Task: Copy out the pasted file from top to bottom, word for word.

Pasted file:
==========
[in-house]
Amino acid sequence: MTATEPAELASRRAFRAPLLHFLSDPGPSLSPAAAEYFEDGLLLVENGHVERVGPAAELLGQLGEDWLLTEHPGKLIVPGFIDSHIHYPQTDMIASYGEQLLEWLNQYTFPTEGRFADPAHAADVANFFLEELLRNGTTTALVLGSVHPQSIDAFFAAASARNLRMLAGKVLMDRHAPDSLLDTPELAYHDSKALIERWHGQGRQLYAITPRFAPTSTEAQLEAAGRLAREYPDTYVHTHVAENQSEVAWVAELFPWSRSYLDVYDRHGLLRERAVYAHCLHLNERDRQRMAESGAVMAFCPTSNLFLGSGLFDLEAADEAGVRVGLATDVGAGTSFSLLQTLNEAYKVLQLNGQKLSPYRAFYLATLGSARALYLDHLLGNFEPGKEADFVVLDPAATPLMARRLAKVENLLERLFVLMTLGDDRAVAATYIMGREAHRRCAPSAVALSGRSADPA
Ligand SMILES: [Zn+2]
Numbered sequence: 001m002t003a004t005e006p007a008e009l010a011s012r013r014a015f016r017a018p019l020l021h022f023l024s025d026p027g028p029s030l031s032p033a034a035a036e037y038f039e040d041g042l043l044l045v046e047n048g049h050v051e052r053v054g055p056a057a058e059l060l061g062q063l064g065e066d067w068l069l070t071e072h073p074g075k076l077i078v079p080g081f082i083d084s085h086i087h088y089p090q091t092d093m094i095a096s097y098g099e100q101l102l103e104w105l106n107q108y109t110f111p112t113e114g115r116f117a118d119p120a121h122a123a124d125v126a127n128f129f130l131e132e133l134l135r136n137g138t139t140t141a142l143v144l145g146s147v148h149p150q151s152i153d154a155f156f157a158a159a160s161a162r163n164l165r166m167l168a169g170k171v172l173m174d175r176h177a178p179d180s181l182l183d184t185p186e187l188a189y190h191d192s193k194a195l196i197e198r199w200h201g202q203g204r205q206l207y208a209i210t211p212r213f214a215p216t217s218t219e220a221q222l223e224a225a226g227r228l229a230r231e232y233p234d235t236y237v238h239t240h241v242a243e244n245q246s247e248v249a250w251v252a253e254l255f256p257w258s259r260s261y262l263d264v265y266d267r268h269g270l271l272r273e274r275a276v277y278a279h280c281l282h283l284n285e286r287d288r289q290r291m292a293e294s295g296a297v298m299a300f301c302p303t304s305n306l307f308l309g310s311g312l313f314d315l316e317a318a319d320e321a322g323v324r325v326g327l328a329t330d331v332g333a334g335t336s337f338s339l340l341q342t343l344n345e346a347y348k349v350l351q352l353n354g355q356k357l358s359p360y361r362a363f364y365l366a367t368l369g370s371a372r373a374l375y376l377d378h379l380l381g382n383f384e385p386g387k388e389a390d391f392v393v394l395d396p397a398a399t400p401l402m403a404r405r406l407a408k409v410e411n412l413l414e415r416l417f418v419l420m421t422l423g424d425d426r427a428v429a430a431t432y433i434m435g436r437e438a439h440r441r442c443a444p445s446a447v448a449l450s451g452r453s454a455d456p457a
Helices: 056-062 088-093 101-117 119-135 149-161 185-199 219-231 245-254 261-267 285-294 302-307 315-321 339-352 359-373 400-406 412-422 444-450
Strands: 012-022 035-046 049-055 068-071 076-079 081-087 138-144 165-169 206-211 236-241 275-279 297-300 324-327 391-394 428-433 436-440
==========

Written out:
[in-house]
Amino acid sequence: MTATEPAELASRRAFRAPLLHFLSDPGPSLSPAAAEYFEDGLLLVENGHVERVGPAAELLGQLGEDWLLTEHPGKLIVPGFIDSHIHYPQTDMIASYGEQLLEWLNQYTFPTEGRFADPAHAADVANFFLEELLRNGTTTALVLGSVHPQSIDAFFAAASARNLRMLAGKVLMDRHAPDSLLDTPELAYHDSKALIERWHGQGRQLYAITPRFAPTSTEAQLEAAGRLAREYPDTYVHTHVAENQSEVAWVAELFPWSRSYLDVYDRHGLLRERAVYAHCLHLNERDRQRMAESGAVMAFCPTSNLFLGSGLFDLEAADEAGVRVGLATDVGAGTSFSLLQTLNEAYKVLQLNGQKLSPYRAFYLATLGSARALYLDHLLGNFEPGKEADFVVLDPAATPLMARRLAKVENLLERLFVLMTLGDDRAVAATYIMGREAHRRCAPSAVALSGRSADPA
Ligand SMILES: [Zn+2]
Numbered sequence: 001m002t003a004t005e006p007a008e009l010a011s012r013r014a015f016r017a018p019l020l021h022f023l024s025d026p027g028p029s030l031s032p033a034a035a036e037y038f039e040d041g042l043l044l045v046e047n048g049h050v051e052r053v054g055p056a057a058e059l060l061g062q063l064g065e066d067w068l069l070t071e072h073p074g075k076l077i078v079p080g081f082i083d084s085h086i087h088y089p090q091t092d093m094i095a096s097y098g099e100q101l102l103e104w105l106n107q108y109t110f111p112t113e114g115r116f117a118d119p120a121h122a123a124d125v126a127n128f129f130l131e132e133l134l135r136n137g138t139t140t141a142l143v144l145g146s147v148h149p150q151s152i153d154a155f156f157a158a159a160s161a162r163n164l165r166m167l168a169g170k171v172l173m174d175r176h177a178p179d180s181l182l183d184t185p186e187l188a189y190h191d192s193k194a195l196i197e198r199w200h201g202q203g204r205q206l207y208a209i210t211p212r213f214a215p216t217s218t219e220a221q222l223e224a225a226g227r228l229a230r231e232y233p234d235t236y237v238h239t240h241v242a243e244n245q246s247e248v249a250w251v252a253e254l255f256p257w258s259r260s261y262l263d264v265y266d267r268h269g270l271l272r273e274r275a276v277y278a279h280c281l282h283l284n285e286r287d288r289q290r291m292a293e294s295g296a297v298m299a300f301c302p303t304s305n306l307f308l309g310s311g312l313f314d315l316e317a318a319d320e321a322g323v324r325v326g327l328a329t330d331v332g333a334g335t336s337f338s339l340l341q342t343l344n345e346a347y348k349v350l351q352l353n354g355q356k357l358s359p360y361r362a363f364y365l366a367t368l369g370s371a372r373a374l375y376l377d378h379l380l381g382n383f384e385p386g387k388e389a390d391f392v393v394l395d396p397a398a399t400p401l402m403a404r405r406l407a408k409v410e411n412l413l414e415r416l417f418v419l420m421t422l423g424d425d426r427a428v429a430a431t432y433i434m435g436r437e438a439h440r441r442c443a444p445s446a447v448a449l450s451g452r453s454a455d456p457a
Helices: 056-062 088-093 101-117 119-135 149-161 185-199 219-231 245-254 261-267 285-294 302-307 315-321 339-352 359-373 400-406 412-422 444-450
Strands: 012-022 035-046 049-055 068-071 076-079 081-087 138-144 165-169 206-211 236-241 275-279 297-300 324-327 391-394 428-433 436-440